Several days ago, a reader called our attention to the latest foray by the Chronicle Editorial LiveJournalists into international politics. In particular, this excerpt caught our reader’s eye:
Zambia’s 11-million population has been decimated in recent years by AIDS and drought. More than 1 million children have been orphaned, largely by AIDS; many adults are too sick to work and feed their families; and life expectancy has plummeted to 38 years, The New York Times reports. The United Nations World Food Program, which struggles to feed about half a million Zambians, is at risk of running out of food in a matter of weeks if steps are not taken to hasten delivery of rations.
Racing against time, the World Food Program appealed in February for cash donations to enable it to buy corn from Zambia itself, which had a bumper corn harvest last season, and has more than adequate supplies warehoused in Lusaka, the capital.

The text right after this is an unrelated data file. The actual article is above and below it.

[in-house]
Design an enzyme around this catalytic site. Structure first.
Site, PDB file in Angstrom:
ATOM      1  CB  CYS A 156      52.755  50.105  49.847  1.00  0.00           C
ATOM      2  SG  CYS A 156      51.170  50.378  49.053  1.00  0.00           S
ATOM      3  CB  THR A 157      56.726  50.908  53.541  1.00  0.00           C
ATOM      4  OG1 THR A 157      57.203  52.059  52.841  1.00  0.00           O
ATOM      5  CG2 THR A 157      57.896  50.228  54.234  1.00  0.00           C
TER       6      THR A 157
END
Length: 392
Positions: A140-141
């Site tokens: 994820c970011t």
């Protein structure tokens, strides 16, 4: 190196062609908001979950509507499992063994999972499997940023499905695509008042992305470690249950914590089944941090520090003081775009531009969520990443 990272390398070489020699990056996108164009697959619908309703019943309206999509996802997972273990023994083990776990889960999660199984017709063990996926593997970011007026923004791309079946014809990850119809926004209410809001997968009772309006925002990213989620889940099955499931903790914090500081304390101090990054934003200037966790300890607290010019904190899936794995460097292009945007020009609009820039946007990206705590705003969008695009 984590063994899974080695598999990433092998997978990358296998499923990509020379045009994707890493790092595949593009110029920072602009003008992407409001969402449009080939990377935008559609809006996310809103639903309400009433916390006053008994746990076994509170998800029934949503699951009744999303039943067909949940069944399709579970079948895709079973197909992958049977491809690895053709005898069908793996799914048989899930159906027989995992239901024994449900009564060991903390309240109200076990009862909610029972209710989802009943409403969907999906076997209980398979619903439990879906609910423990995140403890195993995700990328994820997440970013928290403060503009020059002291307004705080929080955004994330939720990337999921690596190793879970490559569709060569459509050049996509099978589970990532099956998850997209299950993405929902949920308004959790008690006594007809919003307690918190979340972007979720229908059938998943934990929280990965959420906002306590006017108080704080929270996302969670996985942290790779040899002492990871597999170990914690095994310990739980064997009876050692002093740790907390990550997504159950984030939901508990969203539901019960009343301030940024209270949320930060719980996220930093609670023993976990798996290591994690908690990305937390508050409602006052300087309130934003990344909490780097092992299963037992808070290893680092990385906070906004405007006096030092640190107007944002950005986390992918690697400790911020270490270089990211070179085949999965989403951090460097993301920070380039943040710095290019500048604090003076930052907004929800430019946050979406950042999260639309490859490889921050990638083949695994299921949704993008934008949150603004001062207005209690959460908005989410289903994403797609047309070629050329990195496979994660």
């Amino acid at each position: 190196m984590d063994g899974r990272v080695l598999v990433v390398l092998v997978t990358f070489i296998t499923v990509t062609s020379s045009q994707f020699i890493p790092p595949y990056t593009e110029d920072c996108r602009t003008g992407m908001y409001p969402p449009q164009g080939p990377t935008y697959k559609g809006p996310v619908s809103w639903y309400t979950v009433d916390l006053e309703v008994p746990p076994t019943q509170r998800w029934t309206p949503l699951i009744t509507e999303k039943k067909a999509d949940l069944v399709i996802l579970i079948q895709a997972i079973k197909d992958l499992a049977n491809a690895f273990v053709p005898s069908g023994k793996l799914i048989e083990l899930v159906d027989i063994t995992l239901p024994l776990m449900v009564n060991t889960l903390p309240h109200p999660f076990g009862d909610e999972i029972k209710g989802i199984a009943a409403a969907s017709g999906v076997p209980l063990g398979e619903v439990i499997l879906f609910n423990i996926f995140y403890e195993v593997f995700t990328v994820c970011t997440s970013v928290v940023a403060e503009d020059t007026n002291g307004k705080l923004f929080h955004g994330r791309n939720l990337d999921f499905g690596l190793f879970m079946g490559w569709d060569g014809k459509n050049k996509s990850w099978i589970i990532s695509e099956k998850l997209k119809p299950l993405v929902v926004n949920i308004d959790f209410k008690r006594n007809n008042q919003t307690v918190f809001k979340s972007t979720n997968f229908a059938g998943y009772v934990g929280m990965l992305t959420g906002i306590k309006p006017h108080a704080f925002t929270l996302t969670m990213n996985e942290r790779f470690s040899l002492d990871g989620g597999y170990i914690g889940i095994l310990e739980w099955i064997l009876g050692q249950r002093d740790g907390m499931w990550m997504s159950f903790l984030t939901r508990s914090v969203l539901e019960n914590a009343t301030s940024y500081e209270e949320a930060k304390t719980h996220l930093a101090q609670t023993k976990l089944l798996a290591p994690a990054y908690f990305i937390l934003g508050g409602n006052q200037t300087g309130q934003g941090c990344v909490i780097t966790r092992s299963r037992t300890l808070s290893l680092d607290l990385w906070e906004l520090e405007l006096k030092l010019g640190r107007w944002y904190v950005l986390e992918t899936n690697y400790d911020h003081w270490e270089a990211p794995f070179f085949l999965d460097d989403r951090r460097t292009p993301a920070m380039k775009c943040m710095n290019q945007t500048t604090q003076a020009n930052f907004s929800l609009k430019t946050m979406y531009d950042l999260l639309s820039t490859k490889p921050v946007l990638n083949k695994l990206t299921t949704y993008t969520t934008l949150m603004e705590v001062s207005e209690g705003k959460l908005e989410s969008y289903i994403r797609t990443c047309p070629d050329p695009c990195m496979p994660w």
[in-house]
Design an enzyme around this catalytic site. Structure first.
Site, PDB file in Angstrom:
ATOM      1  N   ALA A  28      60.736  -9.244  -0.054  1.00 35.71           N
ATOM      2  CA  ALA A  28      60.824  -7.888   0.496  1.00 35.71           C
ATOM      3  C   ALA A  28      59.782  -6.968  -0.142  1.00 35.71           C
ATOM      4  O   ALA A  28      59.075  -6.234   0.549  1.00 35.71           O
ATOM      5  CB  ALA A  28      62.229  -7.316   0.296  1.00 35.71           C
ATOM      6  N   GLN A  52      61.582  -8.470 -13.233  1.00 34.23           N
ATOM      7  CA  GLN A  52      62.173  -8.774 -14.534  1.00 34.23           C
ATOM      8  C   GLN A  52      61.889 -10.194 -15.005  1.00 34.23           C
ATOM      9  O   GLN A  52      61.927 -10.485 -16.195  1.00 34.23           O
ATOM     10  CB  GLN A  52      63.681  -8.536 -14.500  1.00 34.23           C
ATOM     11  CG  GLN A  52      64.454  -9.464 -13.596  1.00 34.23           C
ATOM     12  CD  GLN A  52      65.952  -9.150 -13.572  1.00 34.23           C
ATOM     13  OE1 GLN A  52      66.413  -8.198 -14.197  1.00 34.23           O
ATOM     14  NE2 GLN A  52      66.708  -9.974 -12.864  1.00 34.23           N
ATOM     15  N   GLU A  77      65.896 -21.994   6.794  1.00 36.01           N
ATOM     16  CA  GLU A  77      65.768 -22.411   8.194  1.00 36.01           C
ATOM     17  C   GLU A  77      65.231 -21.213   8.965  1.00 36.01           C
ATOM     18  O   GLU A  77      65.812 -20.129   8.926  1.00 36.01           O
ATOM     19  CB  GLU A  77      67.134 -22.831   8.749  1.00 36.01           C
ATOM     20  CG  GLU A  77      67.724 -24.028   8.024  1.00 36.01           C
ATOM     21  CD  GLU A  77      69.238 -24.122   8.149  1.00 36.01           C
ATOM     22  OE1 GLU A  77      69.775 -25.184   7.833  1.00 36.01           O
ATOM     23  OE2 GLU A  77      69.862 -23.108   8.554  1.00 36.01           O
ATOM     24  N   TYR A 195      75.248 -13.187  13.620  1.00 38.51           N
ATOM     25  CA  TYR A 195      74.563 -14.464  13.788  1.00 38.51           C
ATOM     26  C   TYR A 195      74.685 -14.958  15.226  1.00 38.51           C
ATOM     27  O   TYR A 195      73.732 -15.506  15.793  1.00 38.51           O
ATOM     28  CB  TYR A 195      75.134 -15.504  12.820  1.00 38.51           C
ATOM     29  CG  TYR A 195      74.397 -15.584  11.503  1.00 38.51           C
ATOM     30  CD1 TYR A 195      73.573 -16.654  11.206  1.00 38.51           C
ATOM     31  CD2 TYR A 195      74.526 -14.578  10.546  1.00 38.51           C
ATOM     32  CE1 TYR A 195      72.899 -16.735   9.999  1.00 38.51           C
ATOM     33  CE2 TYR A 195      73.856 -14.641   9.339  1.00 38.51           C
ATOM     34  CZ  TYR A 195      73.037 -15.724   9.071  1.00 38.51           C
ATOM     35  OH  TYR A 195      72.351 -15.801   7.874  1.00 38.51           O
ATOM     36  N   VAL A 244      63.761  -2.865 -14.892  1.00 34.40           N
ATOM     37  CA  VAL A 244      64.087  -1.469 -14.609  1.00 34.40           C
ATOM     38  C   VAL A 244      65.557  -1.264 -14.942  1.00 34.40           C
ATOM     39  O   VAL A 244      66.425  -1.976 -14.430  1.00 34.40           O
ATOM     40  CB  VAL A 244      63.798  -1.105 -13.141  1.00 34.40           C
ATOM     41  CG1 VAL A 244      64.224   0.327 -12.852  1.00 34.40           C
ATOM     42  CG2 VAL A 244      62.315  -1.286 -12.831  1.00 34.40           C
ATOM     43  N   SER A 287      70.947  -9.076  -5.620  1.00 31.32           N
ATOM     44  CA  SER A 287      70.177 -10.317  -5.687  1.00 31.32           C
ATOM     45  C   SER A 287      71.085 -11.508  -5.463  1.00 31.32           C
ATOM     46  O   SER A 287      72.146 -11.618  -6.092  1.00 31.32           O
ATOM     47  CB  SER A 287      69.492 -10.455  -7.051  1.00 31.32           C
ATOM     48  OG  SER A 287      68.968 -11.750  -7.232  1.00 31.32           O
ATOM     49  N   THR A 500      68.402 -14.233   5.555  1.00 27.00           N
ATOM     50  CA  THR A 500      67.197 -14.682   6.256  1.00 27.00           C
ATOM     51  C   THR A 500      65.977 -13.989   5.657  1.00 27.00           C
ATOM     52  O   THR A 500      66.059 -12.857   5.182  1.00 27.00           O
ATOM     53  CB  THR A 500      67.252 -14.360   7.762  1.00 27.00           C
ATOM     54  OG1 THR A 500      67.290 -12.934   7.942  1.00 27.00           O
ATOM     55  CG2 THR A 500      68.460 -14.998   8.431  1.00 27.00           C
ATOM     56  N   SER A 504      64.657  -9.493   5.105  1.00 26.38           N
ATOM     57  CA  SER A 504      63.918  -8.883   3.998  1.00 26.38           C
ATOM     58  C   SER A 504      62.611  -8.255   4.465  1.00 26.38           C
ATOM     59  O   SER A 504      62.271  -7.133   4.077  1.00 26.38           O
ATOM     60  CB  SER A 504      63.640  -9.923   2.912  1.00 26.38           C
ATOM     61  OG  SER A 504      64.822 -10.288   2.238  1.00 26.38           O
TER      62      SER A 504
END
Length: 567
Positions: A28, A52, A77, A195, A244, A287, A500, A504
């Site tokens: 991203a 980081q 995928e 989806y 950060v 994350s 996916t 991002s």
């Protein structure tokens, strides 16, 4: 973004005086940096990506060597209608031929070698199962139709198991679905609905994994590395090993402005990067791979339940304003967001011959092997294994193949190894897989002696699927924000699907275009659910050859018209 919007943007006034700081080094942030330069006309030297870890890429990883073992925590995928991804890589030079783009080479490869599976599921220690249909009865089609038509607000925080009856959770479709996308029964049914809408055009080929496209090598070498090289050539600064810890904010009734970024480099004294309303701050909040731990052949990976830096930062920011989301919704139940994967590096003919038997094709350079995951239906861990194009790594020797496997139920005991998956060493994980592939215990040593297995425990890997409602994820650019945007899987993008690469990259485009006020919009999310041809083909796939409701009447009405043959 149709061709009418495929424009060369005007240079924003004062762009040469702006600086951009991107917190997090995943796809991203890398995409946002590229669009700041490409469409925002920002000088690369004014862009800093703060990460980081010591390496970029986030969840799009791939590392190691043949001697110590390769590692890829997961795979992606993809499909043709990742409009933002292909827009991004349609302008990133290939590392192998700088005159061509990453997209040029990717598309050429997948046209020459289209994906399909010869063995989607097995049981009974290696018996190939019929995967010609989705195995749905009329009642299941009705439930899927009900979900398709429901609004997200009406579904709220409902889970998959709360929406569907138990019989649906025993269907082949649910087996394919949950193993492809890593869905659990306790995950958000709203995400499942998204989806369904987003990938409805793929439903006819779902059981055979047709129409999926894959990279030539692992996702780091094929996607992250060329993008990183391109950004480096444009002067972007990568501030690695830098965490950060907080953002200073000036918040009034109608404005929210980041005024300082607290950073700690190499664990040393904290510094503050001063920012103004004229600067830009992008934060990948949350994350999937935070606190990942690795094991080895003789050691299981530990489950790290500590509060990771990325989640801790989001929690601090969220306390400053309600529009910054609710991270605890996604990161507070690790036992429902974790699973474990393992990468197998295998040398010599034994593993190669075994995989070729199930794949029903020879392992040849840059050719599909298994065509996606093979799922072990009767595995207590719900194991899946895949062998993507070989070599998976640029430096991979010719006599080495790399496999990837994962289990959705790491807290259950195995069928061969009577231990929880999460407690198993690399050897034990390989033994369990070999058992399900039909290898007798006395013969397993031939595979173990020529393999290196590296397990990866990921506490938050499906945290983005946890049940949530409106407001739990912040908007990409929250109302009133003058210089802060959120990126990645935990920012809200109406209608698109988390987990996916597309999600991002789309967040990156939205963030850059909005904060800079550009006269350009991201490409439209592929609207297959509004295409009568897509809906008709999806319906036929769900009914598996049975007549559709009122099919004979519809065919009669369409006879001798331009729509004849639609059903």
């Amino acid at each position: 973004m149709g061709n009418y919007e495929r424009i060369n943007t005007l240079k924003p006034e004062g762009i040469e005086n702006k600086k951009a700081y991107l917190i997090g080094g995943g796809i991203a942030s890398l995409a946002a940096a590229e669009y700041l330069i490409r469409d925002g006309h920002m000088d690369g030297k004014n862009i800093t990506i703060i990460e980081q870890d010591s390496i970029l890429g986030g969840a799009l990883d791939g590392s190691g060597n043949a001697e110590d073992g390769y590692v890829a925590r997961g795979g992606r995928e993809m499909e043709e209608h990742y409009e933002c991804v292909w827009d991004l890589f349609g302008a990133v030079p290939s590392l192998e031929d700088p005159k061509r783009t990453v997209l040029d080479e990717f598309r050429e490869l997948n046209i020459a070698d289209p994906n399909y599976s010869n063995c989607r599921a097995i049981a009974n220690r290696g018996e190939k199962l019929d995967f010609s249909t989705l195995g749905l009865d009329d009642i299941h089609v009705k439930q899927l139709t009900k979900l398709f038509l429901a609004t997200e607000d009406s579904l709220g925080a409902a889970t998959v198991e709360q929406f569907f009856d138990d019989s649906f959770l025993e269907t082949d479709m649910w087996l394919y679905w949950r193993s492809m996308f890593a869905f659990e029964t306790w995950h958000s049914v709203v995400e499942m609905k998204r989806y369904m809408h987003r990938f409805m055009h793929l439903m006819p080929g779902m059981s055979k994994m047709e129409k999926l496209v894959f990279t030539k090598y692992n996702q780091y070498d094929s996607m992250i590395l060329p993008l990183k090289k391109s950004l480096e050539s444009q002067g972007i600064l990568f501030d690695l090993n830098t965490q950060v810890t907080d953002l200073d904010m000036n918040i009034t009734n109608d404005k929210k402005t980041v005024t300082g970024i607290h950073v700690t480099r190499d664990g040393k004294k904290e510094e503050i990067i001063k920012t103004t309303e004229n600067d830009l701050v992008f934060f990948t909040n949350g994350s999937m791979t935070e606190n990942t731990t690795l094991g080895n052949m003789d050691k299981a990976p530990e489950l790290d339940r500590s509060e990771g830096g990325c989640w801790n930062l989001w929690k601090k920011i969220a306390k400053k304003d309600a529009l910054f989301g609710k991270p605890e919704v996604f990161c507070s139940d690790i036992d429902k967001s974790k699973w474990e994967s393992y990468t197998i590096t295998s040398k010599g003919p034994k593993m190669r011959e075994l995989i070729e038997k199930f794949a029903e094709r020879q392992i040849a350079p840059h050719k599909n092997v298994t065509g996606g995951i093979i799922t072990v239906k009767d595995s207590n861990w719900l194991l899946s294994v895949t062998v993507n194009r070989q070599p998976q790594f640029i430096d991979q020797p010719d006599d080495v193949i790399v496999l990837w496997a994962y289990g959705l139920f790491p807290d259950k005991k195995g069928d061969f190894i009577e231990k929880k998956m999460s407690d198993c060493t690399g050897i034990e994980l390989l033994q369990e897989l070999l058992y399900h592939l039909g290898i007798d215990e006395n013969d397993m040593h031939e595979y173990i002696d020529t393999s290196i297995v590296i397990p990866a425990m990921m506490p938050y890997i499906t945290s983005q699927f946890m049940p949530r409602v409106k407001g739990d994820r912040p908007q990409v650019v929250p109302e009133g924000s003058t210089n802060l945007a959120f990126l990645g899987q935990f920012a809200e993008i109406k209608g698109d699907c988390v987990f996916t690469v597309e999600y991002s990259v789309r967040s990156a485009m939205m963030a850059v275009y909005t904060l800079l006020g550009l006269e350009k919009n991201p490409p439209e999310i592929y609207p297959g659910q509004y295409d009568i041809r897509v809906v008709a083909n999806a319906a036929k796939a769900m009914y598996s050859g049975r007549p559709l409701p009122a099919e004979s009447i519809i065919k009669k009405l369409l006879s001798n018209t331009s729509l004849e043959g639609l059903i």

That would seem like a reasonable stopgap measure, but American law dictates that food donated by the United States must, with few exceptions, be grown in America and shipped to its destination, a process that can take up to six months and which adds up to one-third more to the cost. To its credit, the Bush administration has tried for three years to get the law changed, so that in emergencies up to 25 percent of the budget of its main aid program can be used to buy food in developing countries.
Our reader wondered — and we’re inclined to wonder as well — why international donors need to buy food raised by Zambians and being warehoused by Zambians to feed Zambians. A record harvest nonetheless!
If there’s a good answer that we’re just missing, please feel free to comment.
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